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The Gene and Linda Voiland School of Chemical Engineering and Bioengineering

Faculty & Staff

KNona Liddell

KNona Liddell

KNona Liddell, Ph.D.
Emeritus Professor

Electrochemical kinetics and reactor design; applications to environmental problems and materials processing


The Gene and Linda Voiland
School of Chemical Engineering and Bioengineering
1505 Stadium Way, Room 105
P.O. Box 646515
Washington State University
Pullman, WA 99164-6515

Research Interests

Electropolymerization and Characterization of Conduction Polymers

Conduction polymers have great promise for applications as diverse as sensors, semipermeable membranes and batteries. The porosity of a conducting polymer film is critical in determining the specific uses it might have and depends in part on how the material has been processed. Preparation of copolymers with graded composition is under study as a route to combining desirable electronic properties with controlled morphology. Aniline copolymer films are grown in a novel continuous flow fluidized bed electropolymerization reactor, and their structure and properties characterized by microscopic, electrochemical, impedance and optical techniques. Models for reactor scale-up are in development.

For purposes of comparison with the electropolymerized materials, plasma polymerized films are also being made in collaboration with a team of WSU electrical engineers. Efforts center on fabrication of thin-film capacitors and diodes. The substrate influences the film’s roughness and porosity, and in addition the growth mode depends on film thickness. Early results suggest that the optical properties of plasma-polymerized films may differ from those of films made by other synthetic routes. These effects are being investigated systematically so that film growth models can be obtained.

Electrodeposition of Thin Layer Magnetic Materials

In work related to magnetic data storage, we are electrodepositing layered alloy films and characterizing their morphology and properties. Typical model systems consist of alternating layers of ferromagnetic and nonmagnetic metals, for example, Ni/Cu/Ni trilayers or Co/Cu/Co multilayers. When the thickness of the individual layers is comparable to the mean free path of a conduction electron in a metal, i.e., several nanometers, the films have novel magnetic properties that make them attractive candidates for new generation data storage materials. The roughness of the interface between ferromagnetic and adjacent nonmagnetic regions can be controlled by choosing the deposition conditions and appears to affect the film’s magnetic properties. Our work on Electrodeposited ultrathin films is aimed at elucidating the connections between the electrodeposition process variables, the nanoscale film morphology, and the properties of the films. We are using a combination of experiments and modeling to study the processing, structure, and properties of these films.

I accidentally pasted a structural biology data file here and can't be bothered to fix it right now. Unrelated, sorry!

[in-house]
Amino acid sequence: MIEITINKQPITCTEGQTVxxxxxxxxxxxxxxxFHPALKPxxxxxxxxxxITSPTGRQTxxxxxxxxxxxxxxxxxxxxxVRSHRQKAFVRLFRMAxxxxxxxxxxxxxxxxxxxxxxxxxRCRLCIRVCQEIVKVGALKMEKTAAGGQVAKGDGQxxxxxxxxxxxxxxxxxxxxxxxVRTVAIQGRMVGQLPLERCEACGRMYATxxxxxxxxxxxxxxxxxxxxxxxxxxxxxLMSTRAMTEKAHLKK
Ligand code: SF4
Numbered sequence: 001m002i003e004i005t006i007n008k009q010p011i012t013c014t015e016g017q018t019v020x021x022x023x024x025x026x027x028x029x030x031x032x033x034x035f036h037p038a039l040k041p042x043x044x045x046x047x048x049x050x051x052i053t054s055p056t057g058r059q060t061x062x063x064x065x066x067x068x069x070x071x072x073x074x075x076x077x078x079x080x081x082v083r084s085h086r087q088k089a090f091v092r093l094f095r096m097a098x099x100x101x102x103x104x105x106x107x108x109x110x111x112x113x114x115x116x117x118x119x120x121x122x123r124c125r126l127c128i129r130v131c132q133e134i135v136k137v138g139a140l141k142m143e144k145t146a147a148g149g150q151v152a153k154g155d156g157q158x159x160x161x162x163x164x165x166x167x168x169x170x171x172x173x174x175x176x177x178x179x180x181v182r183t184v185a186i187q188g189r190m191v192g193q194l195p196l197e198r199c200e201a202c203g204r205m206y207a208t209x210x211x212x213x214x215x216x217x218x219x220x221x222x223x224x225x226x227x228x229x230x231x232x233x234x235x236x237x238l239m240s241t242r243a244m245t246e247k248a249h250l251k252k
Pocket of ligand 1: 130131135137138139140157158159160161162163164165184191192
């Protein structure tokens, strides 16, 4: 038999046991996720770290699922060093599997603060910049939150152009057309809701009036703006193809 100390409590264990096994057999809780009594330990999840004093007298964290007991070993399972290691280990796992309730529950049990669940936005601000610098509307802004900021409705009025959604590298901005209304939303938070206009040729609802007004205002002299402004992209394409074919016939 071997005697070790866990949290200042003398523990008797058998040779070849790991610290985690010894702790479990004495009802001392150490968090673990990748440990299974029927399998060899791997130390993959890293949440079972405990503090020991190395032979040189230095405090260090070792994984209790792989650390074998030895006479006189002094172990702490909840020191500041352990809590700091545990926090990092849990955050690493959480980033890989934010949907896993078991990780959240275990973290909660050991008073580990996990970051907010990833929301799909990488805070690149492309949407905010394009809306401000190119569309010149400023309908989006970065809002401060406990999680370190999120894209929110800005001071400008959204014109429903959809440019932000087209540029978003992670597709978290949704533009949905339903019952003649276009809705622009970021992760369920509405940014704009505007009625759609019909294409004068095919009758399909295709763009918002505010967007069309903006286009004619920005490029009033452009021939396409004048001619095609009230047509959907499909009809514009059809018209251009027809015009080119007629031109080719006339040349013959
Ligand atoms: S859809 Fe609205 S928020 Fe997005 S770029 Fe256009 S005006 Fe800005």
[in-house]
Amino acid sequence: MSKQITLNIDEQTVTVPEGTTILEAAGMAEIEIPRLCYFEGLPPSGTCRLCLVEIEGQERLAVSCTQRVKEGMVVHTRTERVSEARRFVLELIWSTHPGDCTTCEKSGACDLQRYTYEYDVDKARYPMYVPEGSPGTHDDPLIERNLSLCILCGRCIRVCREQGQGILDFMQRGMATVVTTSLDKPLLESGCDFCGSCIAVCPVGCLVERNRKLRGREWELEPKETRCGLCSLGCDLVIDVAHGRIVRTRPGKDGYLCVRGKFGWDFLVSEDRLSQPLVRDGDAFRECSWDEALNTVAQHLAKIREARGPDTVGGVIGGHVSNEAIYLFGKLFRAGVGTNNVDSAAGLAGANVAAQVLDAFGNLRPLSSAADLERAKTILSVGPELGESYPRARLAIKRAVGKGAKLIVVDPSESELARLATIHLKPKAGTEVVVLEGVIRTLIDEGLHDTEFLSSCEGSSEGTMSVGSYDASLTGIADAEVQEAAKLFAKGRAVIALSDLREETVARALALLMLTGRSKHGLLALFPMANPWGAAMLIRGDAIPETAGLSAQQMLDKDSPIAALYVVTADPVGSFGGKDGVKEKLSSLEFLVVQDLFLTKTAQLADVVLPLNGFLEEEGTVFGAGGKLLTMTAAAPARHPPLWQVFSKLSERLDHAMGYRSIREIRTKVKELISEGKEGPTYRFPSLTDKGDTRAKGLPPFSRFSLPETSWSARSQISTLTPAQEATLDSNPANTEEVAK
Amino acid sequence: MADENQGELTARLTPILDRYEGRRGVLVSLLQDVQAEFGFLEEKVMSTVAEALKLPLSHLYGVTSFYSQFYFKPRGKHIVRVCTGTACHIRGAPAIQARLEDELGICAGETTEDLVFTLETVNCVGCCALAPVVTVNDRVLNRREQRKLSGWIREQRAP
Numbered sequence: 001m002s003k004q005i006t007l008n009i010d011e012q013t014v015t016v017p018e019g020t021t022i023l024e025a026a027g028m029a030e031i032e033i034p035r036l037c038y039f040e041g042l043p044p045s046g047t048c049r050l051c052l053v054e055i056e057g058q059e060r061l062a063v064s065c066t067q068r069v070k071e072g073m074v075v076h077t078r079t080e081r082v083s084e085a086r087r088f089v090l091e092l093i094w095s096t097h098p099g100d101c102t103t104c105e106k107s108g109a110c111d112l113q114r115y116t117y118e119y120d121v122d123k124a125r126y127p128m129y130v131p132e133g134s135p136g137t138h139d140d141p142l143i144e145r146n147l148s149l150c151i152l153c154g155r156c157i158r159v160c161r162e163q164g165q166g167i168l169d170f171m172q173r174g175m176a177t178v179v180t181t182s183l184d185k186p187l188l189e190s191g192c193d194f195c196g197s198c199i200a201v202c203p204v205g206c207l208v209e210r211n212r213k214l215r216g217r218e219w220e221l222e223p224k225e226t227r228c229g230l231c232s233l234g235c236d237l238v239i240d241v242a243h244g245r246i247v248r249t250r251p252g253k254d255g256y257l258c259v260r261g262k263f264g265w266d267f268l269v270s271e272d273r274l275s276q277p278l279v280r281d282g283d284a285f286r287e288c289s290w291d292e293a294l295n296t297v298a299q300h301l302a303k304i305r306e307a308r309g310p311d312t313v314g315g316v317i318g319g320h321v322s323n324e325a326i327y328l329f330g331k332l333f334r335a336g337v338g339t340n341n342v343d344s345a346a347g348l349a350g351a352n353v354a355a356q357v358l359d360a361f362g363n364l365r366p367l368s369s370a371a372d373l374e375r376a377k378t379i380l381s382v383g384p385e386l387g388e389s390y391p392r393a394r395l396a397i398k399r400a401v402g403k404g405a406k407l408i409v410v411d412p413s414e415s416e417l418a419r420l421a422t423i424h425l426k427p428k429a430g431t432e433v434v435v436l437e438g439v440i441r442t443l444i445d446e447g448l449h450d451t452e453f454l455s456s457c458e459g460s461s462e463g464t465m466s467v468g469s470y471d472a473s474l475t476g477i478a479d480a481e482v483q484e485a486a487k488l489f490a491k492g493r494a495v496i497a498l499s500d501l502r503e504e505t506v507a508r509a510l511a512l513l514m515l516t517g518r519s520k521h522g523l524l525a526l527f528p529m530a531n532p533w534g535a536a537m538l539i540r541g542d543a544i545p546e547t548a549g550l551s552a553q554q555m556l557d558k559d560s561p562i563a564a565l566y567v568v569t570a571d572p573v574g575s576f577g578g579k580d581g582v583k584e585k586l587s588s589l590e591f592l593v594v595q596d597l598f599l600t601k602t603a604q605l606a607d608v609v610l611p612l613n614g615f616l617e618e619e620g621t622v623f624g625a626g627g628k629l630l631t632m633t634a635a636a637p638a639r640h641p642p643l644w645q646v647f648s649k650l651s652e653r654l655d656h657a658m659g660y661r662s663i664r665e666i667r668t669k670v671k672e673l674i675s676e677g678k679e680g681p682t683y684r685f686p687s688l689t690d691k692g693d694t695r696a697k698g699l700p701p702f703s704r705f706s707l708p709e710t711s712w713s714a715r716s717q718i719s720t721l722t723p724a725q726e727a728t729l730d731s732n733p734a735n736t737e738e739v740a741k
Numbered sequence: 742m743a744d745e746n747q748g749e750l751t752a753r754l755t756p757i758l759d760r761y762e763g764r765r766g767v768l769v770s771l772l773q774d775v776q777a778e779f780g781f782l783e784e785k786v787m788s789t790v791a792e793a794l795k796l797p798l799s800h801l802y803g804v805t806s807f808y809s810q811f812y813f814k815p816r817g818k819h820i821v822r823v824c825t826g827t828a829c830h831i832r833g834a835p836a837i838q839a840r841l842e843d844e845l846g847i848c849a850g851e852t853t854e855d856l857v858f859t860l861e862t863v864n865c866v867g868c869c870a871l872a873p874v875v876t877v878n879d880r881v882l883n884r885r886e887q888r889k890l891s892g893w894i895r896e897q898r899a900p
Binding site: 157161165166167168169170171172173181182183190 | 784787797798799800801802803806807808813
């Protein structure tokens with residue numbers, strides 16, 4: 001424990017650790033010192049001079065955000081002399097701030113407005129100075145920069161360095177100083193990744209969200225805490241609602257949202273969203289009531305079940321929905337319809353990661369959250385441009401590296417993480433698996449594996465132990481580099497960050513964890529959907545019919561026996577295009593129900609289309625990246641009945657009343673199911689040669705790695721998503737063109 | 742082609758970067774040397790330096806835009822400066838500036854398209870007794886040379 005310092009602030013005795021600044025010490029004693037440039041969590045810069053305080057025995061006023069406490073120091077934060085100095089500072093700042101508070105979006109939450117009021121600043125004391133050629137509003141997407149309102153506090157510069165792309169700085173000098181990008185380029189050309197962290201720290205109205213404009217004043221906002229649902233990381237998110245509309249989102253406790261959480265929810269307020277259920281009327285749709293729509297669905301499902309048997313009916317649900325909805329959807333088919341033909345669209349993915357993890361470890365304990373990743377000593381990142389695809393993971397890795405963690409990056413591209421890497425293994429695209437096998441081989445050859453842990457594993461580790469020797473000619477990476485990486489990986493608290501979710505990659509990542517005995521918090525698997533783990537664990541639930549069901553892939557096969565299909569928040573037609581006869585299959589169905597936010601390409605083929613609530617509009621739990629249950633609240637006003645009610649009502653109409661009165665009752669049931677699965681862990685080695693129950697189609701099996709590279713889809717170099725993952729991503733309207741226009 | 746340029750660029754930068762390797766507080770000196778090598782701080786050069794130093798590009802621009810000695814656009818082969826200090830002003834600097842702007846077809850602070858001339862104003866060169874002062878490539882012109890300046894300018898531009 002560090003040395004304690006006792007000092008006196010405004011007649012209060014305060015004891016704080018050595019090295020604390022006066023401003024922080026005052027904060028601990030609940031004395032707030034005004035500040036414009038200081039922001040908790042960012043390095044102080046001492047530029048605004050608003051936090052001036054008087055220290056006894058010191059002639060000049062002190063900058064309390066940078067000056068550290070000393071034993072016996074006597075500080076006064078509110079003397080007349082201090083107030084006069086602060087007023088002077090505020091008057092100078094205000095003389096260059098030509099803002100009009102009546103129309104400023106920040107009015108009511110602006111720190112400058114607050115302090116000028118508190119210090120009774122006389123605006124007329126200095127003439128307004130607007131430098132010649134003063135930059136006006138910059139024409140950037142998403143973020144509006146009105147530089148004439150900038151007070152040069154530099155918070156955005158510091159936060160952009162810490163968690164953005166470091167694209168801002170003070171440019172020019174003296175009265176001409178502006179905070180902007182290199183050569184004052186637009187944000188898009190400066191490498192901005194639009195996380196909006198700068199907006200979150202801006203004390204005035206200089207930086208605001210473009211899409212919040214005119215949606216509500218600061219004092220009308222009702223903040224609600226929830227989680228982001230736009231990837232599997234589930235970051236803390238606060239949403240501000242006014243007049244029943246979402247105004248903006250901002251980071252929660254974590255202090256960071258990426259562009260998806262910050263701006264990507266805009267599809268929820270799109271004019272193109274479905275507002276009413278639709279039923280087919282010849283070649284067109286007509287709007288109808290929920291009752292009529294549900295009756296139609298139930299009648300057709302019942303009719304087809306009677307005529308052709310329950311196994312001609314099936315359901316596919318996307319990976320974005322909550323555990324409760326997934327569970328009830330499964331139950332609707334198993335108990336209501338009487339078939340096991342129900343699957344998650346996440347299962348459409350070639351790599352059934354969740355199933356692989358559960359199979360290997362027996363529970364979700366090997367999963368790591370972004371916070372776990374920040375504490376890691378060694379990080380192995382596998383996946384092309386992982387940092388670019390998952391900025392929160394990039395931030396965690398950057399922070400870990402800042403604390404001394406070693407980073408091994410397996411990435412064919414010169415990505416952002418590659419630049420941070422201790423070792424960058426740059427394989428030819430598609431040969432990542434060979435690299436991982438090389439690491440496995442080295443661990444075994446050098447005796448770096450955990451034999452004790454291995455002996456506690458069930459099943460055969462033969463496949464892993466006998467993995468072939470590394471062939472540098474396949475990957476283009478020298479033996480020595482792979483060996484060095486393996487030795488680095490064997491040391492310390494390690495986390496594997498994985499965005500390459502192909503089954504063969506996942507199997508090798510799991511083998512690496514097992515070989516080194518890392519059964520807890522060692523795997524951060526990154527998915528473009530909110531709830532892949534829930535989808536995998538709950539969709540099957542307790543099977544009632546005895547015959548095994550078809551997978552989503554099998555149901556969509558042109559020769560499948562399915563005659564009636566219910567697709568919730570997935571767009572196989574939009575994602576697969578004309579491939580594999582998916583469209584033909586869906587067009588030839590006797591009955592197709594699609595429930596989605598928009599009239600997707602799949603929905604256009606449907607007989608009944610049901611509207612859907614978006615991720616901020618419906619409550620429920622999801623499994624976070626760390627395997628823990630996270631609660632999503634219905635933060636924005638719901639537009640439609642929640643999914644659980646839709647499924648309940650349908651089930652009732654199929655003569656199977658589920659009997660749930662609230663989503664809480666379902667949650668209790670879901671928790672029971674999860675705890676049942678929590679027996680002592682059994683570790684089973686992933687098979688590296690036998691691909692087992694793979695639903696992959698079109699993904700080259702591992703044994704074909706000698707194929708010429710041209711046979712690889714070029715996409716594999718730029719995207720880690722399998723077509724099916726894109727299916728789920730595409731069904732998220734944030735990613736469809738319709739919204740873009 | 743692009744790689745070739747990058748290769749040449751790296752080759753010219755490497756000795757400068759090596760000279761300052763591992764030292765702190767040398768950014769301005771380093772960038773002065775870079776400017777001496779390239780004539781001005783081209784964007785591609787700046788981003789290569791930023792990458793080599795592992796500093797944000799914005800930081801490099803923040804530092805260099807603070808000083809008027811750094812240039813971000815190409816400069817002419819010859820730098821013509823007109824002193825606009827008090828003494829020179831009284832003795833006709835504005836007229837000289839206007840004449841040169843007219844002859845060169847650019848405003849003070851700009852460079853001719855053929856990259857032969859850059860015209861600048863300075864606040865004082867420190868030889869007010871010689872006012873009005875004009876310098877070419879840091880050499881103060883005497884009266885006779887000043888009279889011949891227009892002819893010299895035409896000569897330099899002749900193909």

Selected Publications

  1. Z. Nagy, N.C. Hung, K.C. Liddell, M. Minkoff and G.K. Leaf, “Applicability of dc Relaxation Techniques to Multi-Step Reactions.” J. Electroanal. Chem. 421, 33-44 (1997).
  2. Z. Liu and K.C. Liddell, “Electrodeposition of Thin Multilayer Magnetic Materials.” In Aqueous Electrotechnologies: Progress in Theory and Practice. D.B. Dreisinger, Ed., The Minerals, Metals and Materials Society, pp. 443-453 (1997).
  3. K.C. Liddell, “Mixing Cell Models for the Separation and Recovery of Metals: Flow with Multiple Reactions in Porous Media.” In Emerging Separation Technologies for Metals II. R.G. Bautista, Ed., The Minerals, Metals and Materials Society, pp. 35-47 (1996). Invited review.
  4. J.F. Brantner and K.C. Liddell, “Role of Ion Exchange Reactions in the In Situ Leaching of Uraninite by NH4HCO3 – (NH4)2CO3 – H2O2.” In Light Metals 1996. W. Hale, Ed., The Minerals, Metals and Materials Society, pp. 1169-1172 (1996).
  5. K.C. Liddell and R.G. Bautista, “Simulation of In Situ Uraninite Leaching. Part II: The Effects of Ore Grade and Deposit Porosity.” Metall. Mater. Trans. B, 26B, 687-694 (1995).
  6. K.C. Liddell and R.G. Bautista, “Simulation of In Situ Uraninite Leaching. Part III. The Effects of Solution Concentration.” Metall. Mater. Trans. B, 26B, 695-701 (1995).
  7. K.C. Liddell and R.G. Bautista, “Concentration Histories and Wave Fronts in the In Situ Leaching of Uraninite by Peroxide-Carbonate-Bicarbonate Solution: Effects of Component Concentrations.” In Extraction and Processing of Trace and Reactive Metals. R.G. Reddy and B. Mishra, Eds., The Minerals, Metals and Materials Society, pp. 207-219 (1995). Also in Light Metals 1995. J.W. Evans, Ed., The Minerals, Metals and Materials Society, pp. 1357-1363 (1995).